Human Rights Take Front and Center For the New York City Schools

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Written By RobertMaxfield

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The United Nations Convention on the Rights of the Child put forth that one primary purpose of schools is to develop respect for human rights and the fundamental freedoms that all children should enjoy. They noted that to truly understand and promote human rights, one has to live them out in relation to others.

New York City has taken this directive seriously and to heart by creating its School for Human Rights, a combined middle and high school academy that is built around this concept. It is one of nearly 150 small public schools opened through special initiatives in the last three years by New York City. Having opened its doors in September 2004 in the 2005-2006 year, the School of Human Rights had over 180 students.

Located in Brooklyn, the School is rare, even for the NYC schools. Its core values are dignity, respect and responsibility, which is the driving force behind its curriculum. How the students learn and the teachers teach, how they treat one another, and the types of adults the New York City schools hope the students become. Human rights are demonstrated to students by how the school meets the educational needs of each and every student; in its practices, such as discipline with dignity; examples given in class, questions raised by teachers, the active discussions, critical thinking and reflection that are part of the project-based coursework; and even in the enriching field trips.

This school is the only one in New York City that integrates an academic and social skills-based curriculum. It even immerses its theme into its extracurricular activities, such as film festivals and workshops with human rights defenders.

The school challenges the New York City students to become compassionate and socially engaged young adults, who are committed to equality, dignity and social consciousness. Amnesty International USA, Human Rights Education Association, and New Visions for Public Schools, who have partnered with the schools in New York City and made this curriculum possible, hope to see many of these New York City students carry over what they learn into their adult lives, as well as to enter social justice careers.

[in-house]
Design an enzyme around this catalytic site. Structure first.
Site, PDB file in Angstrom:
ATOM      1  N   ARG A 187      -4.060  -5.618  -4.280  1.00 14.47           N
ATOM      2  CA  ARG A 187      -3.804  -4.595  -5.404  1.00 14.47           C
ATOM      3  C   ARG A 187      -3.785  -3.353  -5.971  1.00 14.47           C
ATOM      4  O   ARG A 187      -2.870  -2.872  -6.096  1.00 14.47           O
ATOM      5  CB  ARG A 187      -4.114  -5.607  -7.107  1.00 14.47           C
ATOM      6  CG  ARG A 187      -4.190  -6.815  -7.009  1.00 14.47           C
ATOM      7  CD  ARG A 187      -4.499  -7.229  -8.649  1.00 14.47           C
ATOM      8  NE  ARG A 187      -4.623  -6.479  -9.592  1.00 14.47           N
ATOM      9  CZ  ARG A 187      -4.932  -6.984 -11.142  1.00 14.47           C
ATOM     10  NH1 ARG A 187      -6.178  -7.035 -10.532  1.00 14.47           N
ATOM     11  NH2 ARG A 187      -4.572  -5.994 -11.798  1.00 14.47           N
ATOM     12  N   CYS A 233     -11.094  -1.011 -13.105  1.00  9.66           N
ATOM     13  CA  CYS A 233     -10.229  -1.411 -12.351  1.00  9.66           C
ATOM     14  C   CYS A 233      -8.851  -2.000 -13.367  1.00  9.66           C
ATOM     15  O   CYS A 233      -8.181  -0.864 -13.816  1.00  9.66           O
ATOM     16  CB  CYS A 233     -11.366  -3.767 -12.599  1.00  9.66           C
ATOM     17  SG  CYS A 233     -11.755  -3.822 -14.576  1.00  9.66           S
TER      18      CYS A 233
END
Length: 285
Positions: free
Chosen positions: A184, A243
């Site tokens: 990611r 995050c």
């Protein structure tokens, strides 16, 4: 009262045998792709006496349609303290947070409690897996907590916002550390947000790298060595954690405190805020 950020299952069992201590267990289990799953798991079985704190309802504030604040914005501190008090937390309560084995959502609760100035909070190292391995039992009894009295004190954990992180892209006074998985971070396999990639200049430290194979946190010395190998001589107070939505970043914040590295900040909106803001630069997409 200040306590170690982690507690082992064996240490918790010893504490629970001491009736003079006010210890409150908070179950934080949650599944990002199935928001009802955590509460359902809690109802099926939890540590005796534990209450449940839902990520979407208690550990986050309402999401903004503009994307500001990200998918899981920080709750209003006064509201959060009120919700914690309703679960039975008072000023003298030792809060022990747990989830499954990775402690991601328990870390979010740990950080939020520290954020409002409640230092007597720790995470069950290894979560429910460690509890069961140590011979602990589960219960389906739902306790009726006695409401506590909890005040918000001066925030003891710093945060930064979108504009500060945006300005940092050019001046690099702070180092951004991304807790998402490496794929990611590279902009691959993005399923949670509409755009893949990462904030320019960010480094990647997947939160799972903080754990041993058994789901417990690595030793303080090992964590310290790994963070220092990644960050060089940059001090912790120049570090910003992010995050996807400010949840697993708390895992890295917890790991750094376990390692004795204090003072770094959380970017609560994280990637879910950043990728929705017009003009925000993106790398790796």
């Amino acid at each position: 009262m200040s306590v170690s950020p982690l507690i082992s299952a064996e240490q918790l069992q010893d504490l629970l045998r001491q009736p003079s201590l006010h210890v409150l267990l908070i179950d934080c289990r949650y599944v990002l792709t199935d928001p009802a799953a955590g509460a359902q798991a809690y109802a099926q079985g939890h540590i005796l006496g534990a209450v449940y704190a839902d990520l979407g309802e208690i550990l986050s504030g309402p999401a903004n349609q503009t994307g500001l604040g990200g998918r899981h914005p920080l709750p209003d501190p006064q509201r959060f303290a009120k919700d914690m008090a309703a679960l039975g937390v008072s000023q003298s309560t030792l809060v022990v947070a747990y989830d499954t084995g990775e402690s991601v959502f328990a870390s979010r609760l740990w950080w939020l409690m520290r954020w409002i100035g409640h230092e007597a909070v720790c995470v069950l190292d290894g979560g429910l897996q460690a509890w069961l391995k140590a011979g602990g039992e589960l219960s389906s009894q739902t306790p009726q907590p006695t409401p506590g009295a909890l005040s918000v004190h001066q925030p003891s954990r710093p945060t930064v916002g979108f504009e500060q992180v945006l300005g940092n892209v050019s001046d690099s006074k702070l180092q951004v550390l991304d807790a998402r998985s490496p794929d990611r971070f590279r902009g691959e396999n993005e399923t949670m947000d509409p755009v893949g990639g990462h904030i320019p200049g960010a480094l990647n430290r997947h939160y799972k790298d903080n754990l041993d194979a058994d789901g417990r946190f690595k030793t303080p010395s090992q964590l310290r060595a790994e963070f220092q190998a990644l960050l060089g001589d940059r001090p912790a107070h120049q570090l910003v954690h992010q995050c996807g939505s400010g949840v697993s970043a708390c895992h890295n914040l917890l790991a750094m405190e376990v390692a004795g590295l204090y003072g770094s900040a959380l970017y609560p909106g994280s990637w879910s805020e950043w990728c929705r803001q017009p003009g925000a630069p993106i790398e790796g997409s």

The NYC schools based the curriculum on UNICEF’s framework to:

o Recognize the rights of every child;

o See the whole child in a broad context, in the home environment as well as at school;

o Be child centered, ensuring the psychological and social well being of each child;

o Be gender sensitive and girl friendly by eliminating stereotypes and constraints to education, while promoting achievement;

o Promote quality learning outcomes;

o Base education on each child’s unique identity, previous school experience, community, and family;

o Promote NYC schools’ student rights and responsibilities within the school environment, including ensuring inclusion, respect and equality of opportunity for each child;

o Enhance New York City schools’ teacher capacity, morale, commitment and status, and

o Be family focused.

To ensure the School teachers have the resources and professional development they need, the Human Rights Education Association provides this support to the New York City schools. Teachers have found that the most difficult task is presenting the curriculum in a meaningful and empowering manner, making human rights more than an abstract concept.

The School of Human Rights is unique and will empower its students beyond what is found in other public schools.